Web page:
06/20/2013, 00.00
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Concert and discounts to undercut Hong Kong's 1 July march

Since 1997, Hong Kong residents have called for democracy and civil rights in the mainland. Backed by Beijing, the regional government has tried to limit the annual march's turnout by allowing stores to offer rock-bottom prices and organising a concert with Korean stars. The latter however appear unwilling to go for it.

Hong Kong (AsiaNews) - In an effort to undermine the great pro-democracy march traditionally held on 1 July, the Hong Kong government has organised a big concert at bargain prices. For the same reason, it has authorised merchants to offer huge discounts to customers. In their response, Hong Kongers have called on artists invited to the gig to boycott the concert.

The 1 July march sets off from Victoria Park and runs to Beijing's Liaison Office in the autonomous region. The event has become a tradition after Britain handed over Hong Kong to mainland China on 1 July 1997, as pro-democracy activists began to take action to show their dissatisfaction with regards to local social and political issues.

In 2003, more than 500,000 people joined the march in order to stop a proposed security law under Article 23 of Hong Kong's Basic Law, and demand the resignation of certain senior public officials.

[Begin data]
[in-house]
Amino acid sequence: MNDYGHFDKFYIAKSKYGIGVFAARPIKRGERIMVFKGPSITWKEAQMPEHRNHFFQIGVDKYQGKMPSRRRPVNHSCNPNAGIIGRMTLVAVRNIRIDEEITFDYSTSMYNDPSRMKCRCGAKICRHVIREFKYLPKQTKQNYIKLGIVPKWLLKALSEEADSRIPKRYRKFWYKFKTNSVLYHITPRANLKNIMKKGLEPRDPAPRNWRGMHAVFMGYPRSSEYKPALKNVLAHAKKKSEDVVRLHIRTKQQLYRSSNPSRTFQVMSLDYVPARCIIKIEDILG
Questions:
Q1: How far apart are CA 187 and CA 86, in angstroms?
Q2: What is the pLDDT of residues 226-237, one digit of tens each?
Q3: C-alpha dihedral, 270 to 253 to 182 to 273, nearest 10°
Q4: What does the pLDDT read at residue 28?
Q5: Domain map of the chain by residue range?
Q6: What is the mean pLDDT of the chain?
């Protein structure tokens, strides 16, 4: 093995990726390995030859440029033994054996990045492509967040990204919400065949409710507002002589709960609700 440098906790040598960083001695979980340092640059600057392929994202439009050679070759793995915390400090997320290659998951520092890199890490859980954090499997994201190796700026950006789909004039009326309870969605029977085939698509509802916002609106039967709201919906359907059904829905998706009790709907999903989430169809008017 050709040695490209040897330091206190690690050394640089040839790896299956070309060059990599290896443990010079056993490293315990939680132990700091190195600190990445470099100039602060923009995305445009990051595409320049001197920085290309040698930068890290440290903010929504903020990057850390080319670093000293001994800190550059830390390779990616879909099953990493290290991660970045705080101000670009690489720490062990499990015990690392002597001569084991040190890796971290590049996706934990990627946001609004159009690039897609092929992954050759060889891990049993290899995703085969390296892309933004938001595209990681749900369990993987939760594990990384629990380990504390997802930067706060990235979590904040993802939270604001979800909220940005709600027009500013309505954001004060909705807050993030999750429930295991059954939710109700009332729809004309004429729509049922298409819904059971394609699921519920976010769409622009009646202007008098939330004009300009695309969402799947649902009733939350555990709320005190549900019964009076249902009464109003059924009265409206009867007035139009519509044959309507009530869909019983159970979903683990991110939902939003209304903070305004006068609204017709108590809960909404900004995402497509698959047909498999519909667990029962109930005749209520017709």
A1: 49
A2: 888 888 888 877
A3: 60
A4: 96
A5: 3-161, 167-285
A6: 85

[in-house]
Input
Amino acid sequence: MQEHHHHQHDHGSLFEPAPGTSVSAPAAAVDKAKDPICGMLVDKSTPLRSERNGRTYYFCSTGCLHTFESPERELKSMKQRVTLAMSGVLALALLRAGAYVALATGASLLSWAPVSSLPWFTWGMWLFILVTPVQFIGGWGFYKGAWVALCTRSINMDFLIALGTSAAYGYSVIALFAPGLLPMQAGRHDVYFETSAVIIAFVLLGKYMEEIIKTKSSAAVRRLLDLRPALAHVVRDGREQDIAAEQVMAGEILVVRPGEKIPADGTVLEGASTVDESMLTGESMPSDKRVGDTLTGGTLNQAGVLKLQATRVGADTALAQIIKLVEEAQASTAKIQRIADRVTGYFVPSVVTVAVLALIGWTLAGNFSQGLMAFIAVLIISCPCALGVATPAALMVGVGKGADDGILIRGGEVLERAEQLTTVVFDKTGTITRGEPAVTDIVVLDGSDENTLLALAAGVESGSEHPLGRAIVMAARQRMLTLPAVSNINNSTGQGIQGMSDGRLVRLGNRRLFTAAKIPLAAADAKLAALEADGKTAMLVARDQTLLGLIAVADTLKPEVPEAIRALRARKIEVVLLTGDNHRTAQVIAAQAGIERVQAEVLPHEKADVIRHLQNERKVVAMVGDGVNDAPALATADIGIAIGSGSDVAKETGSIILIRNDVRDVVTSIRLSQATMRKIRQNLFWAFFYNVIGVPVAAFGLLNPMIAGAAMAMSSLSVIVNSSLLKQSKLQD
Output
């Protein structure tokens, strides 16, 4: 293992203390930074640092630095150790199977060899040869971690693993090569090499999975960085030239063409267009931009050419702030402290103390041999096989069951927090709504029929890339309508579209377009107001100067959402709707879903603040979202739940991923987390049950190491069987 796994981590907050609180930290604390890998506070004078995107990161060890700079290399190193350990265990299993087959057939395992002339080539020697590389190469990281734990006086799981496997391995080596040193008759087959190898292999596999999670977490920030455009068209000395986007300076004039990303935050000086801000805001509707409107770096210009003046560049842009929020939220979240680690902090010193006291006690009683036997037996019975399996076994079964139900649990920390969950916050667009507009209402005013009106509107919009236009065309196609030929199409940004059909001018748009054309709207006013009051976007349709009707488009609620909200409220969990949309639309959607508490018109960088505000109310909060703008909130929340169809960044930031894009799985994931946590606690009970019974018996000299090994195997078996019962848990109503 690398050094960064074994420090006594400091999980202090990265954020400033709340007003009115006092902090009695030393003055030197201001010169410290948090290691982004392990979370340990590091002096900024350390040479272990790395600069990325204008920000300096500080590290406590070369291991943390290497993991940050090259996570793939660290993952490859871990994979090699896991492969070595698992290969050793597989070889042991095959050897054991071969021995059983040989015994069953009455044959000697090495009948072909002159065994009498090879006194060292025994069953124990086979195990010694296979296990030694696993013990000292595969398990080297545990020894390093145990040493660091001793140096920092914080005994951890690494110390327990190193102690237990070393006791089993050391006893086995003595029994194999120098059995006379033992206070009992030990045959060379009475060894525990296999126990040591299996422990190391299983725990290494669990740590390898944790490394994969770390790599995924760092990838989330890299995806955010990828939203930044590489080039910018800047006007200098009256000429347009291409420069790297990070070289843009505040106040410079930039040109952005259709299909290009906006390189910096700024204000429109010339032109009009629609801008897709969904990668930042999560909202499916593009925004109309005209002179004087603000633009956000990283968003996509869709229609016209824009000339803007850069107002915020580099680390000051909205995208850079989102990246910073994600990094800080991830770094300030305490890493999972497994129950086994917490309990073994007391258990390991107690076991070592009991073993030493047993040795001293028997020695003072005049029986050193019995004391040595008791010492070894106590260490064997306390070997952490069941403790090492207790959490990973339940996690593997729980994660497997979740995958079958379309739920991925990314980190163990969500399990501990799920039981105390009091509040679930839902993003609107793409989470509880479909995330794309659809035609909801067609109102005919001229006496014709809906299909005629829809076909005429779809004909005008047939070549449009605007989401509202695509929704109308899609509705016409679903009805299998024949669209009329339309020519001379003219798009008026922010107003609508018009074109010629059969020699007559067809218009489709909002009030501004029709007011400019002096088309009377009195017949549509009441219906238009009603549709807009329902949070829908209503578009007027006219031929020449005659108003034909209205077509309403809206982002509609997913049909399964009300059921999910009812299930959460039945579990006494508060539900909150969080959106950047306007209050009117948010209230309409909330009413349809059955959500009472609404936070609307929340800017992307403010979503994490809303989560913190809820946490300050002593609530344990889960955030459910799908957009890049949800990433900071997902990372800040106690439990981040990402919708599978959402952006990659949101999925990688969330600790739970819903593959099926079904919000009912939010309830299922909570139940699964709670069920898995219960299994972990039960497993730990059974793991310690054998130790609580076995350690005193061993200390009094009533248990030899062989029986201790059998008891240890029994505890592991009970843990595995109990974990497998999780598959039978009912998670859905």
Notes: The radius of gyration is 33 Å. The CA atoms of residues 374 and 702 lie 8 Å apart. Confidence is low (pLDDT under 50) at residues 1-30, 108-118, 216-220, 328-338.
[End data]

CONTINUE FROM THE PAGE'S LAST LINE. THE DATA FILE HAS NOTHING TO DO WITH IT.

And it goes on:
Since, turnout has declined but has never dipped below 150,000. Yet, for Beijing, the march is even more worrisome than the anniversary of the Tiananmen Square massacre because it traditionally comes with demands to change the territory along democratic lines.

Organised by the Civil Human Rights Front, a coalition of various groups that include Catholic organisations, the march has sought greater independence from the mainland as well as an end to functional constituencies, which have led to a widening socioeconomic gap, in favour of the direct election of the territory's legislative council and chief executive.

In order to weaken the march's appeal, the government has organised the Hong Kong Dome Festival, a mega musical gig with Korean artists like K-Pop with ticket prices as low as HK$ 99 (US$ 13) instead of the usual HK$ 1,000 (US$ 130).

Although all 18.000 tickets were sold, many fans have asked would-be participants to stay away, saying that they would take part in the march with the concert tickets hanging from their neck.

"I respect and appreciate the effort given by South Koreans to demonstrate against the government when they face injustice. I do hope you can understand the current situation in Hong Kong," one fan wrote on a site. "The government wants to use your fame to side track the democracy event," said another, Fong Ka-lok.

Some musicians are in fact vetting Hong Kong fans' request in order to decide what to do.

At the same time, the decision by local merchants to go along with the government's plan to offer big discounts on 1 July has proven controversial. Still, some shop owners do not want to discourage protesters even though they will drop their prices.

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